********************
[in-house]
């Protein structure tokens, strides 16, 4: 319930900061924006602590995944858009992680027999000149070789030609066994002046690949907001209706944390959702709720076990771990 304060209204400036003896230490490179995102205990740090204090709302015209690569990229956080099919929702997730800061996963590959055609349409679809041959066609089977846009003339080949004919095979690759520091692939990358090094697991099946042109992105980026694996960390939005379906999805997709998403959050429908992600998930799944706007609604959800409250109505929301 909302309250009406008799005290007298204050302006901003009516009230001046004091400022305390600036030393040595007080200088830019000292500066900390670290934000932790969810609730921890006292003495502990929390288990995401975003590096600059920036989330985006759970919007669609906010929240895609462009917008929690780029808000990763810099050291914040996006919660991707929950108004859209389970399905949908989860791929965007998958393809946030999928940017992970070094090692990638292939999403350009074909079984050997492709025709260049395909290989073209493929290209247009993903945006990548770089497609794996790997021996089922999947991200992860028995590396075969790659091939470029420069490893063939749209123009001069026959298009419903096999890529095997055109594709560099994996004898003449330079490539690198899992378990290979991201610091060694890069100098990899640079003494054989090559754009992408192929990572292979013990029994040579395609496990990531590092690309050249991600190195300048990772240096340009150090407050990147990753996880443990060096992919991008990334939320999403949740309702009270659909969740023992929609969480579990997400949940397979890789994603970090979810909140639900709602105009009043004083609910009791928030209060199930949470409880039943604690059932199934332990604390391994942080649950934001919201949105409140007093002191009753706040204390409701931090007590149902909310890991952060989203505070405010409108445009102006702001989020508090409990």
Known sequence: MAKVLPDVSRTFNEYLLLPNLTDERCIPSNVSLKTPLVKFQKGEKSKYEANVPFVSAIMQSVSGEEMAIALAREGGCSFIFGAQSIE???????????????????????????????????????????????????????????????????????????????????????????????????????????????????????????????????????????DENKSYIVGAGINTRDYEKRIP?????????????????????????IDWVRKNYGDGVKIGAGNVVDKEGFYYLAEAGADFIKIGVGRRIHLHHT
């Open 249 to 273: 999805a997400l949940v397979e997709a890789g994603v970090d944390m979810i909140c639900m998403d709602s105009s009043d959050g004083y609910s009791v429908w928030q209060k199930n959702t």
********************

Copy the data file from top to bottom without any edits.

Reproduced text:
[in-house]
């Protein structure tokens, strides 16, 4: 319930900061924006602590995944858009992680027999000149070789030609066994002046690949907001209706944390959702709720076990771990 304060209204400036003896230490490179995102205990740090204090709302015209690569990229956080099919929702997730800061996963590959055609349409679809041959066609089977846009003339080949004919095979690759520091692939990358090094697991099946042109992105980026694996960390939005379906999805997709998403959050429908992600998930799944706007609604959800409250109505929301 909302309250009406008799005290007298204050302006901003009516009230001046004091400022305390600036030393040595007080200088830019000292500066900390670290934000932790969810609730921890006292003495502990929390288990995401975003590096600059920036989330985006759970919007669609906010929240895609462009917008929690780029808000990763810099050291914040996006919660991707929950108004859209389970399905949908989860791929965007998958393809946030999928940017992970070094090692990638292939999403350009074909079984050997492709025709260049395909290989073209493929290209247009993903945006990548770089497609794996790997021996089922999947991200992860028995590396075969790659091939470029420069490893063939749209123009001069026959298009419903096999890529095997055109594709560099994996004898003449330079490539690198899992378990290979991201610091060694890069100098990899640079003494054989090559754009992408192929990572292979013990029994040579395609496990990531590092690309050249991600190195300048990772240096340009150090407050990147990753996880443990060096992919991008990334939320999403949740309702009270659909969740023992929609969480579990997400949940397979890789994603970090979810909140639900709602105009009043004083609910009791928030209060199930949470409880039943604690059932199934332990604390391994942080649950934001919201949105409140007093002191009753706040204390409701931090007590149902909310890991952060989203505070405010409108445009102006702001989020508090409990």
Known sequence: MAKVLPDVSRTFNEYLLLPNLTDERCIPSNVSLKTPLVKFQKGEKSKYEANVPFVSAIMQSVSGEEMAIALAREGGCSFIFGAQSIE???????????????????????????????????????????????????????????????????????????????????????????????????????????????????????????????????????????DENKSYIVGAGINTRDYEKRIP?????????????????????????IDWVRKNYGDGVKIGAGNVVDKEGFYYLAEAGADFIKIGVGRRIHLHHT
């Open 249 to 273: 999805a997400l949940v397979e997709a890789g994603v970090d944390m979810i909140c639900m998403d709602s105009s009043d959050g004083y609910s009791v429908w928030q209060k199930n959702t």